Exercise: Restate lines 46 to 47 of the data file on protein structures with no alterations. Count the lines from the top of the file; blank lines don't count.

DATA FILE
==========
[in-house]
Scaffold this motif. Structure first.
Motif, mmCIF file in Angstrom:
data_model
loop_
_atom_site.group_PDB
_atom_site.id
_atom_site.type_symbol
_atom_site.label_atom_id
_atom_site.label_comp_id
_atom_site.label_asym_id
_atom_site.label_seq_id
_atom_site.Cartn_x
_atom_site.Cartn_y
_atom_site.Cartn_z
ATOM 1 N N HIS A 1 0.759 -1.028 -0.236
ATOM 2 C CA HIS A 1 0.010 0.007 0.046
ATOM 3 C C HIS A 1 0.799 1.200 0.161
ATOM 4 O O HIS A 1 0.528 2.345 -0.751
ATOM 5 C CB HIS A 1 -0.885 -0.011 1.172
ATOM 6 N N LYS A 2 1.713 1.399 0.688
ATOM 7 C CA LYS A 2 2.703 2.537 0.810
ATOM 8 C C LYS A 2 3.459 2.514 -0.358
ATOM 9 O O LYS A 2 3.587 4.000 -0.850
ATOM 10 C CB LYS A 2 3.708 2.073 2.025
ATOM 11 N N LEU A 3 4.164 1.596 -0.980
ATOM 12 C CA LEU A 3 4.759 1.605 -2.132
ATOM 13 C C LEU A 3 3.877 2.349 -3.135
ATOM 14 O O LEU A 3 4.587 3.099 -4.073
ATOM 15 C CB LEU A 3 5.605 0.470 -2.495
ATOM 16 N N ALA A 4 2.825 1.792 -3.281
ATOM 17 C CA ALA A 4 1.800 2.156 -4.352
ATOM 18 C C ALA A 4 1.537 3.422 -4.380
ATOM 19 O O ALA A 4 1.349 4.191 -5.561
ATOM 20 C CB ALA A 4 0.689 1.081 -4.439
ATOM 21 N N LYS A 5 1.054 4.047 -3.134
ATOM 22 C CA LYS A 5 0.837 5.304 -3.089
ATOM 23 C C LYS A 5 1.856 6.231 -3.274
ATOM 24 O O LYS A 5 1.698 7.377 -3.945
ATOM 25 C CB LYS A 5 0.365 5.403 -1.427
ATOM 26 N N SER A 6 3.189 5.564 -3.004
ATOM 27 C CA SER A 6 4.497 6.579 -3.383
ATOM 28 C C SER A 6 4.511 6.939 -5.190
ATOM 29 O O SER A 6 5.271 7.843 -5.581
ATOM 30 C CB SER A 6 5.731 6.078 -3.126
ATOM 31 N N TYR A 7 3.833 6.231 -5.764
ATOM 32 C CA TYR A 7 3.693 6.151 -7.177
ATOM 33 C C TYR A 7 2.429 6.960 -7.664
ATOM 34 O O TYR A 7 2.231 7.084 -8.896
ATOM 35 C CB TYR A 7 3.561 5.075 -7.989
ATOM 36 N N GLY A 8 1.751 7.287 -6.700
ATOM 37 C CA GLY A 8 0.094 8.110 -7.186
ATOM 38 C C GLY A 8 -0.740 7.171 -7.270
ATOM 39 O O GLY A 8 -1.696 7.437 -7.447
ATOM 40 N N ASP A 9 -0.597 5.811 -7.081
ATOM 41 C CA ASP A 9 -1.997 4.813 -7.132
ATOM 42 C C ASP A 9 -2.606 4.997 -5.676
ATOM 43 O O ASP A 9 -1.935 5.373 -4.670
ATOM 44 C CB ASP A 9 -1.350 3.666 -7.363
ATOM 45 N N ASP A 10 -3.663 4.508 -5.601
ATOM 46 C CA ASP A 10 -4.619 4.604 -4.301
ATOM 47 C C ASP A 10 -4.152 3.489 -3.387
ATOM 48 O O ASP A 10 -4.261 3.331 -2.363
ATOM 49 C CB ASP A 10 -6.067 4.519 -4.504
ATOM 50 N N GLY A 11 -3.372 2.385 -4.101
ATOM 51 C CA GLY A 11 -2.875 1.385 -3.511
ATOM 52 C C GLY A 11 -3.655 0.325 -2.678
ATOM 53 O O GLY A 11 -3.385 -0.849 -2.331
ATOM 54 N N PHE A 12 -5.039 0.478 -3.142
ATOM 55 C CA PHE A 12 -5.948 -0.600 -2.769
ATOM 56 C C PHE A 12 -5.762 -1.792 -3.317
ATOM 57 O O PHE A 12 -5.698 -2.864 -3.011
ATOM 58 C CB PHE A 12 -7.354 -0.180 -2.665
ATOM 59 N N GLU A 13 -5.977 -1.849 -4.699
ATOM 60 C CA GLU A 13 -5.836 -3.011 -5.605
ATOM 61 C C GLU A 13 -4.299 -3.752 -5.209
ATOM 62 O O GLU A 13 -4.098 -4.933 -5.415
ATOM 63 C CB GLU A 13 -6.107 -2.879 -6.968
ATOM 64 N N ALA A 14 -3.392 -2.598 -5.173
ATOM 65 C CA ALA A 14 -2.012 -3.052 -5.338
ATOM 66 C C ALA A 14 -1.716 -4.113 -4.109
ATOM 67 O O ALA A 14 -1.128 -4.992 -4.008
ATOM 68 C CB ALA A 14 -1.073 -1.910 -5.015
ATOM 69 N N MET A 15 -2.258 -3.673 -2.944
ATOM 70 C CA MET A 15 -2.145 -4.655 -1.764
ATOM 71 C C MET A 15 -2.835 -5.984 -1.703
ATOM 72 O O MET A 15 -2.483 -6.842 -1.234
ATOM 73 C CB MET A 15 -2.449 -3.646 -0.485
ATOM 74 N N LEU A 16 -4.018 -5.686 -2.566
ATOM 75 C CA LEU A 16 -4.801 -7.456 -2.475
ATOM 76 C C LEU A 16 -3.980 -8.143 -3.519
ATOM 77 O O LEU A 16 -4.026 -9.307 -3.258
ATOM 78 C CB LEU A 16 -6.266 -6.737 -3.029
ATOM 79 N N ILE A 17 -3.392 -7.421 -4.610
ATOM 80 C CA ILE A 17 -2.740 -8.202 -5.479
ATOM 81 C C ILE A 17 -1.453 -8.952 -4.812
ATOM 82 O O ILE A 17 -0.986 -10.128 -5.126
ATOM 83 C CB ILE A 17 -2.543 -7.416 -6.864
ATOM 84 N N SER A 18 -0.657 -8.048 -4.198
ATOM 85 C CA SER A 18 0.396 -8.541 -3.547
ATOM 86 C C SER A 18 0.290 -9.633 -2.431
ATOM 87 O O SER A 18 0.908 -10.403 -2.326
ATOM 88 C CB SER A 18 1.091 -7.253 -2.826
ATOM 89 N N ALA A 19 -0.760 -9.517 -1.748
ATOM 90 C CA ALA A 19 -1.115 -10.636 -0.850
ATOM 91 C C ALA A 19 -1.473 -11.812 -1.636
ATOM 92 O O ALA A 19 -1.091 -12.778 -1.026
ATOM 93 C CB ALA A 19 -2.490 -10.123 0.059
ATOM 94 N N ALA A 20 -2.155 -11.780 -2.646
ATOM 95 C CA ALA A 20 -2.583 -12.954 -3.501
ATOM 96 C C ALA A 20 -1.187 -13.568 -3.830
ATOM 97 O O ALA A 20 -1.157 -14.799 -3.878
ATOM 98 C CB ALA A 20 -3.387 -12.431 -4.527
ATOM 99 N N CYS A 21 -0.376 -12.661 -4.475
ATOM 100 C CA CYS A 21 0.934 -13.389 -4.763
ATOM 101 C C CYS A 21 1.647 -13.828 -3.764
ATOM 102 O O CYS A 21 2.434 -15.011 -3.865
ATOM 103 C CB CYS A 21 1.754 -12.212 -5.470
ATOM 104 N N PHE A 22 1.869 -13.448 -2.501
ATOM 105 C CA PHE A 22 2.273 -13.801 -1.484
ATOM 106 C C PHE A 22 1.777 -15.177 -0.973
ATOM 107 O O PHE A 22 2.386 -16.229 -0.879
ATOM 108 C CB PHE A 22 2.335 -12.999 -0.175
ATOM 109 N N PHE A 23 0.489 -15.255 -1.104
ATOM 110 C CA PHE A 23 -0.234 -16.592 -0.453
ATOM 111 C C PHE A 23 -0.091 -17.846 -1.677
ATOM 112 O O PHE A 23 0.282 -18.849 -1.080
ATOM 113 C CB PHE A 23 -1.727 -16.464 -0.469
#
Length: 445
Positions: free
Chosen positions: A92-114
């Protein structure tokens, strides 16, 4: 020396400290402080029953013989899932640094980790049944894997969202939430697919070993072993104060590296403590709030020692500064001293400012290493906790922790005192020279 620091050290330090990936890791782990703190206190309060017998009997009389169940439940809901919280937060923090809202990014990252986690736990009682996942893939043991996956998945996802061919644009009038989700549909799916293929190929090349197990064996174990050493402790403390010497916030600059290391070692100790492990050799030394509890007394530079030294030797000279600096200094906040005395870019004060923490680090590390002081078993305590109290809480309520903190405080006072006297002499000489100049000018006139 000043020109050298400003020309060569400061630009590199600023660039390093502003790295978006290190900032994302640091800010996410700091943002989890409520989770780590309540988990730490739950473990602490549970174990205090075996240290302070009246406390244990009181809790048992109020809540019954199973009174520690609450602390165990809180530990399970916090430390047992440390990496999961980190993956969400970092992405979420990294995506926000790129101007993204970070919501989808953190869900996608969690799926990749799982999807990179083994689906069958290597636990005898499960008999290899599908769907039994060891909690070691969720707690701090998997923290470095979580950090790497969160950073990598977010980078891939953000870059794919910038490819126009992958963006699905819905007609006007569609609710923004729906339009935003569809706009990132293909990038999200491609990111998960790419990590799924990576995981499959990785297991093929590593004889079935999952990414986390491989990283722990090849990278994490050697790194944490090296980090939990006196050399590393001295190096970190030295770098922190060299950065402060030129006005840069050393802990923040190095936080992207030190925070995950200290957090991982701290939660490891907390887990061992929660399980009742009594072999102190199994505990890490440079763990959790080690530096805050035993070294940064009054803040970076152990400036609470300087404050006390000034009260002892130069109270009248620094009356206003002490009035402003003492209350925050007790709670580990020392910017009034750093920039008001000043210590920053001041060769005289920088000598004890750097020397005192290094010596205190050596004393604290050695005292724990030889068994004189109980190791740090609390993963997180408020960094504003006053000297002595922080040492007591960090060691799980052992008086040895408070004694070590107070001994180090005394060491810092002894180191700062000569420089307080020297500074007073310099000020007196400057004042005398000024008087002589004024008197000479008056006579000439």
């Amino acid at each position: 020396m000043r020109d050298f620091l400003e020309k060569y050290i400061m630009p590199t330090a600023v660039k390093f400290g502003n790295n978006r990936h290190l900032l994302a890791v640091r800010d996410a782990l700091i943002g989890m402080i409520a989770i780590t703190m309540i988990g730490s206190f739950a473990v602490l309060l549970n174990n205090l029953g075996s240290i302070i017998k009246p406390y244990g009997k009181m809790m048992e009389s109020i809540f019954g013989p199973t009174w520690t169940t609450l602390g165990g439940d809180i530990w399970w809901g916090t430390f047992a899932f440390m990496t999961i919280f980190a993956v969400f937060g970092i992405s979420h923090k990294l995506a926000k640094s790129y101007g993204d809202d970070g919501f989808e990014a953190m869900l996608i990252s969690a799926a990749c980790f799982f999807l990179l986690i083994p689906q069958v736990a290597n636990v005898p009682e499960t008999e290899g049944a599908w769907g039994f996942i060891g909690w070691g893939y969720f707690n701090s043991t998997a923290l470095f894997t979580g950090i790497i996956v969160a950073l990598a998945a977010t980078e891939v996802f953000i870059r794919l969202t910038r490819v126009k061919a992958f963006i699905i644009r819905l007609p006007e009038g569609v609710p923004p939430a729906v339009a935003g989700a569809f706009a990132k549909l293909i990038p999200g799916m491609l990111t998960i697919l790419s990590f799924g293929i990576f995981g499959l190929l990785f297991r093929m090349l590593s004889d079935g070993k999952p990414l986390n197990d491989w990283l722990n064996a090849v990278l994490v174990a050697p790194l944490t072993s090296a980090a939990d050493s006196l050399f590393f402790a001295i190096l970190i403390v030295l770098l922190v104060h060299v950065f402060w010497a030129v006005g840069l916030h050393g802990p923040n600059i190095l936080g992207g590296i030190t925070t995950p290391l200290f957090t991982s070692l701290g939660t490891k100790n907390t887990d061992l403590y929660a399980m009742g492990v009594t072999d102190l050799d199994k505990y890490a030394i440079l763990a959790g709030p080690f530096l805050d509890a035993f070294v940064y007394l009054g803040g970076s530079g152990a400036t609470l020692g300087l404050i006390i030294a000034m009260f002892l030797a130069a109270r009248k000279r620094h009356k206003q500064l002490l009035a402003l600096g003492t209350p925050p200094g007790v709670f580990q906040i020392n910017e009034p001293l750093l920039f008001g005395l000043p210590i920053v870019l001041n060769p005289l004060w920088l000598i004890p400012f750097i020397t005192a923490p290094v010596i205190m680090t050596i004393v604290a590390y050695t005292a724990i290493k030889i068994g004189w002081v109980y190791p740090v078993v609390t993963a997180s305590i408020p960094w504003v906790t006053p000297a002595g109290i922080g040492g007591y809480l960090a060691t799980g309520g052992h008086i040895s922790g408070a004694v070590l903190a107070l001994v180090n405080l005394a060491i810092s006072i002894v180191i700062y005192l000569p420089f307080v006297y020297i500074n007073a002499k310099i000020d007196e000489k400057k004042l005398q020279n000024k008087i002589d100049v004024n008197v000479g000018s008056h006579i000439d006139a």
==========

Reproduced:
ATOM 31 N N TYR A 7 3.833 6.231 -5.764
ATOM 32 C CA TYR A 7 3.693 6.151 -7.177